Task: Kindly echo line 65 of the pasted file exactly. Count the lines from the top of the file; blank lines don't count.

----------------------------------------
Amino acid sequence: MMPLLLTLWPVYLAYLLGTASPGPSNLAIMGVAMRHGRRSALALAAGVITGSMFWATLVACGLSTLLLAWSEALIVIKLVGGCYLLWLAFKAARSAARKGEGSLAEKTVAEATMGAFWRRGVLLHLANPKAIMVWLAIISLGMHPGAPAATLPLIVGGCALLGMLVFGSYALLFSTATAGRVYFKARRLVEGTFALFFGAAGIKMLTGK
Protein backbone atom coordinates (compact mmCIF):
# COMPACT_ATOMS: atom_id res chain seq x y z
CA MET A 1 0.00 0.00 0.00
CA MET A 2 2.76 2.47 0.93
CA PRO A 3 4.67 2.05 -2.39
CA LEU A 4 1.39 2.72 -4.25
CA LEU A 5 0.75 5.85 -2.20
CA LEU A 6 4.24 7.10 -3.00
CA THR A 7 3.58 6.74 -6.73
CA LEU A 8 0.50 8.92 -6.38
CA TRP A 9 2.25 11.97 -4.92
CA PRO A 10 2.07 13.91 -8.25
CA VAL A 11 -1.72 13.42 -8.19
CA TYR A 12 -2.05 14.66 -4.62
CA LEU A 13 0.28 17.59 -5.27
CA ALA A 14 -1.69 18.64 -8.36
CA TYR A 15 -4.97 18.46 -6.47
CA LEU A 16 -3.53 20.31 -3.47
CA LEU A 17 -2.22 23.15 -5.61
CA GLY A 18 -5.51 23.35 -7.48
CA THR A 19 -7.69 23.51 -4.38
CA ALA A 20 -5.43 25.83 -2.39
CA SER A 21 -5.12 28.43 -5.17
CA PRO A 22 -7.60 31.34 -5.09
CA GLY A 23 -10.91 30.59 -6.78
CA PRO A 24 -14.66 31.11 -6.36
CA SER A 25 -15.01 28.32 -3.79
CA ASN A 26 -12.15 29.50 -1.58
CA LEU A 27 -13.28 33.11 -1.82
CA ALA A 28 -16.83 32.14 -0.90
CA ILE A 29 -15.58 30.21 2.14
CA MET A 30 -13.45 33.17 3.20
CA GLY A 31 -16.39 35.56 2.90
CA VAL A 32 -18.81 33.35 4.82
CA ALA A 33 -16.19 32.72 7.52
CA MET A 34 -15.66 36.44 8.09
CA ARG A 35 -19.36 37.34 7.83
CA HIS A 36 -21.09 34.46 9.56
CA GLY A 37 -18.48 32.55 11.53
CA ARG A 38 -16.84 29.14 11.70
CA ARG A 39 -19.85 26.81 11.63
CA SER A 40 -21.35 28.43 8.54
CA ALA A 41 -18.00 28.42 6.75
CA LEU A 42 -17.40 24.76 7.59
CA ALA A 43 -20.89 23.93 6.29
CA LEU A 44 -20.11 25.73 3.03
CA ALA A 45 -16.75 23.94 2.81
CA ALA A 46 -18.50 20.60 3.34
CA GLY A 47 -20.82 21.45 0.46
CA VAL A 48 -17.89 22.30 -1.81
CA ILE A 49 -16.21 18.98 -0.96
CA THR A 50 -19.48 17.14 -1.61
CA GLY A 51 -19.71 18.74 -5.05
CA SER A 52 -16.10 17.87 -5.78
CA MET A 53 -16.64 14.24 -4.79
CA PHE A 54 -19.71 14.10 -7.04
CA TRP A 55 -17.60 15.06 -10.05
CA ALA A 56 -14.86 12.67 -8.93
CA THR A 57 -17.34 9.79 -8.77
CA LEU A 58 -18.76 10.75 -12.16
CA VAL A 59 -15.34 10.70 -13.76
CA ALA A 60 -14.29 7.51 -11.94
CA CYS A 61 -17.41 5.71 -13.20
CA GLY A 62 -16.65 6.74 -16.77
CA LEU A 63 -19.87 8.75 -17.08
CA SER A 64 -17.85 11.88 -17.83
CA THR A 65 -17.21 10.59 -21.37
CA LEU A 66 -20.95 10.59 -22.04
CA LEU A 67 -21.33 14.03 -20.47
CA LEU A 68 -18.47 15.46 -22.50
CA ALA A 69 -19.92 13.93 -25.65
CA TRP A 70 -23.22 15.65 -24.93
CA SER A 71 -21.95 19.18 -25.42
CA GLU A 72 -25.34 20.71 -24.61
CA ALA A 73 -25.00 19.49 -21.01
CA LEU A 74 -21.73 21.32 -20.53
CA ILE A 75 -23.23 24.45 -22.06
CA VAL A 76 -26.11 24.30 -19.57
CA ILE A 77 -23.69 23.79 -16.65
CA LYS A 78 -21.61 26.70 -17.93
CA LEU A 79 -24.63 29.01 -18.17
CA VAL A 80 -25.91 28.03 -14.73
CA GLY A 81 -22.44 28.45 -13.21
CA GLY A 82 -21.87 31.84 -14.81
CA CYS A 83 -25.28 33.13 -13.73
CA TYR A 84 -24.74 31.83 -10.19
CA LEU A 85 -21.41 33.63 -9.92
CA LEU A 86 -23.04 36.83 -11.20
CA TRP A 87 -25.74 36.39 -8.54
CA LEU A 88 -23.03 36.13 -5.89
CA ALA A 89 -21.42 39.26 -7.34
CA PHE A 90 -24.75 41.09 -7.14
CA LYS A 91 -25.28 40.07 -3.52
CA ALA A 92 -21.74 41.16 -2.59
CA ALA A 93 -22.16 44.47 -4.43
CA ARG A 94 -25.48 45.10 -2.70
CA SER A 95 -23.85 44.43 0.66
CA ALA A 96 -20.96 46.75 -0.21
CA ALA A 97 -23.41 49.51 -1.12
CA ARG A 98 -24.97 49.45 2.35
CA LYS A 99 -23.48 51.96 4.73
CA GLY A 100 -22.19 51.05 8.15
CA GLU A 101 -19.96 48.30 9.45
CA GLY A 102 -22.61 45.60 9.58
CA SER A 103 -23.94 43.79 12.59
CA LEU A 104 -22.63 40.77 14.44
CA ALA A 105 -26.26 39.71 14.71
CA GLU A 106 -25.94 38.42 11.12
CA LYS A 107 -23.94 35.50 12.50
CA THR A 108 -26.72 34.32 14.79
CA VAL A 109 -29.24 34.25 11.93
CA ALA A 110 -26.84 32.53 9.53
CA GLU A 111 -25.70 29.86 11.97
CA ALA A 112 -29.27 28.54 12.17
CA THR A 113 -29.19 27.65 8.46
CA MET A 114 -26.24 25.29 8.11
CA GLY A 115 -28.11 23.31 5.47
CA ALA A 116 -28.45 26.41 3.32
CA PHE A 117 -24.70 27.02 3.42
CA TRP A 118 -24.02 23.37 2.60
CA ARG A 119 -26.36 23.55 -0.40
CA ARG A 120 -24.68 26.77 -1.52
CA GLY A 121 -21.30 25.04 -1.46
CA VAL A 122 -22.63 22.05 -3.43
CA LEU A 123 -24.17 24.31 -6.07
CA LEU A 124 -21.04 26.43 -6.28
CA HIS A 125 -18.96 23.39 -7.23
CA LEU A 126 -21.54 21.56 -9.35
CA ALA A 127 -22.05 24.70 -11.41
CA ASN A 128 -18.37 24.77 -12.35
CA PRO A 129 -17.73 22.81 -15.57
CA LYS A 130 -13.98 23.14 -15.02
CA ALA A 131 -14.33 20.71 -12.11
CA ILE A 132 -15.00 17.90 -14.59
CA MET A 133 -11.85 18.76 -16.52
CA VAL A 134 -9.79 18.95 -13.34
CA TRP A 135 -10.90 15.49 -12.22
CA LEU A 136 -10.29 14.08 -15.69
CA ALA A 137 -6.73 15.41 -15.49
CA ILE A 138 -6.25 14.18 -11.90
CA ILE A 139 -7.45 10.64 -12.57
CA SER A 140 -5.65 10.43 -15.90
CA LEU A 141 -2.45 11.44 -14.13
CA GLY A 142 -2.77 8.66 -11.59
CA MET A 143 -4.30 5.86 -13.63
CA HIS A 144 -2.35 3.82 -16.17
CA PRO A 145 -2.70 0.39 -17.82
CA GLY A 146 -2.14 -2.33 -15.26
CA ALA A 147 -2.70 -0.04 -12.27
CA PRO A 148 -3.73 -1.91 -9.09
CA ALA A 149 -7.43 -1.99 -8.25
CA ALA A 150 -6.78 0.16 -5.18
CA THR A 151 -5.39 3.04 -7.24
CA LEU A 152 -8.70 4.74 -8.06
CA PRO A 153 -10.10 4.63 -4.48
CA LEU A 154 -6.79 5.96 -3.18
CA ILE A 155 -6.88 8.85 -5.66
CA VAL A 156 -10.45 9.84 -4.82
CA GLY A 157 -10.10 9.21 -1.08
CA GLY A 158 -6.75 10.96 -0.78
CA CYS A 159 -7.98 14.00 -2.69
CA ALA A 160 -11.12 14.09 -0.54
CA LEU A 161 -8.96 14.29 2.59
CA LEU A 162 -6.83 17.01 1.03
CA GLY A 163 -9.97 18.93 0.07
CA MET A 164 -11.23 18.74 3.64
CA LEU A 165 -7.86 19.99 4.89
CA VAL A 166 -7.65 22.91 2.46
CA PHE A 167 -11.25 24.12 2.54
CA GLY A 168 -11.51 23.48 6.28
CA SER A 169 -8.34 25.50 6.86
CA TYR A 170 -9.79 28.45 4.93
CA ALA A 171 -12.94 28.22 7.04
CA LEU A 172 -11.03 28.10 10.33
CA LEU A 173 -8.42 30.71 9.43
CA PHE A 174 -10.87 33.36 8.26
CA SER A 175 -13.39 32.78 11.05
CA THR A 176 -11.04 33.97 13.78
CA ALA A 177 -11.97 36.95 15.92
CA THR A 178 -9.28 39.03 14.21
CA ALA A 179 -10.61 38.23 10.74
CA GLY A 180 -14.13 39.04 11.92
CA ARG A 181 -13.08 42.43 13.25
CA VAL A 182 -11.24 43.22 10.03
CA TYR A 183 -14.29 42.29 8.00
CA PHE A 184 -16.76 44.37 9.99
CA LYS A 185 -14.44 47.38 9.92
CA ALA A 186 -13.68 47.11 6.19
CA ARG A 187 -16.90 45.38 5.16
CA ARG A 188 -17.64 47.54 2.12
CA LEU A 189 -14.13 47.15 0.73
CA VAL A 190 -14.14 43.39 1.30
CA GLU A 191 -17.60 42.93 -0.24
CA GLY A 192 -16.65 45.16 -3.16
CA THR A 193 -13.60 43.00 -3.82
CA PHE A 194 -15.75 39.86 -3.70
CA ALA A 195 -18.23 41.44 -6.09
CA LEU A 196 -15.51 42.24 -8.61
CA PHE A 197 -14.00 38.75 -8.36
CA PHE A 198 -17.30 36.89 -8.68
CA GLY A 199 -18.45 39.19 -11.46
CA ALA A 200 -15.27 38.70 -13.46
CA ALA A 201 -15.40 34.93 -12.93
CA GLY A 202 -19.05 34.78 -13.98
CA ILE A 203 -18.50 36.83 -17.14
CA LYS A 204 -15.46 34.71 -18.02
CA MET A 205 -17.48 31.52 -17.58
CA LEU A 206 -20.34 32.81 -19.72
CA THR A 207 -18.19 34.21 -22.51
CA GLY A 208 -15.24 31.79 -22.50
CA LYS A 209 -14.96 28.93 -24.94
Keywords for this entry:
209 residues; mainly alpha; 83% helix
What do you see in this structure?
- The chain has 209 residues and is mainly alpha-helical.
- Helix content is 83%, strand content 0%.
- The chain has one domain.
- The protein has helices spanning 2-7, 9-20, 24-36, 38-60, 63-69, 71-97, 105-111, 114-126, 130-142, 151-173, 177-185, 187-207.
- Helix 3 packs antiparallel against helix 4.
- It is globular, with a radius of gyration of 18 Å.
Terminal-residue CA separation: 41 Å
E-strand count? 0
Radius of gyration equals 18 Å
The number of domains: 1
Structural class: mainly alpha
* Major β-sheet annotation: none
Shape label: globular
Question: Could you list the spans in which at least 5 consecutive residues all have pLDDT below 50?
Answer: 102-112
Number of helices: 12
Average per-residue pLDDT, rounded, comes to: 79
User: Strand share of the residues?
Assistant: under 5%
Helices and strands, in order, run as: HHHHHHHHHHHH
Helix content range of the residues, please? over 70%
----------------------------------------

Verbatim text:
CA GLY A 62 -16.65 6.74 -16.77